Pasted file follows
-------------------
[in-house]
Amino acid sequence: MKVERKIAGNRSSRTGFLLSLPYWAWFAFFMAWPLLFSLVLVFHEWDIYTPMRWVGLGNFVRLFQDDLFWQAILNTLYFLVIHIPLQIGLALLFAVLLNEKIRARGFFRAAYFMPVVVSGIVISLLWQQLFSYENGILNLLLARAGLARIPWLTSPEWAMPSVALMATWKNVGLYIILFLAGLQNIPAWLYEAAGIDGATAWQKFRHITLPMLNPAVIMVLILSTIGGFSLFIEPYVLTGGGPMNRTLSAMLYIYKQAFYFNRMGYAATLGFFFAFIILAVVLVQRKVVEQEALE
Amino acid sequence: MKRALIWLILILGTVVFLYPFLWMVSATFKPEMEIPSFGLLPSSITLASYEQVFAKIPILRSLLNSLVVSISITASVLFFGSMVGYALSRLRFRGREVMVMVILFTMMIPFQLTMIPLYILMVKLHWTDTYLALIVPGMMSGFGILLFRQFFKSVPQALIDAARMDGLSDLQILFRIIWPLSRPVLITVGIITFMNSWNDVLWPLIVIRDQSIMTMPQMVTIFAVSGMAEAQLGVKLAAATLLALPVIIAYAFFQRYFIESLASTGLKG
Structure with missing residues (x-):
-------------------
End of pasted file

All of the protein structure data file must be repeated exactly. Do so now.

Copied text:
[in-house]
Amino acid sequence: MKVERKIAGNRSSRTGFLLSLPYWAWFAFFMAWPLLFSLVLVFHEWDIYTPMRWVGLGNFVRLFQDDLFWQAILNTLYFLVIHIPLQIGLALLFAVLLNEKIRARGFFRAAYFMPVVVSGIVISLLWQQLFSYENGILNLLLARAGLARIPWLTSPEWAMPSVALMATWKNVGLYIILFLAGLQNIPAWLYEAAGIDGATAWQKFRHITLPMLNPAVIMVLILSTIGGFSLFIEPYVLTGGGPMNRTLSAMLYIYKQAFYFNRMGYAATLGFFFAFIILAVVLVQRKVVEQEALE
Amino acid sequence: MKRALIWLILILGTVVFLYPFLWMVSATFKPEMEIPSFGLLPSSITLASYEQVFAKIPILRSLLNSLVVSISITASVLFFGSMVGYALSRLRFRGREVMVMVILFTMMIPFQLTMIPLYILMVKLHWTDTYLALIVPGMMSGFGILLFRQFFKSVPQALIDAARMDGLSDLQILFRIIWPLSRPVLITVGIITFMNSWNDVLWPLIVIRDQSIMTMPQMVTIFAVSGMAEAQLGVKLAAATLLALPVIIAYAFFQRYFIESLASTGLKG
Structure with missing residues (x-):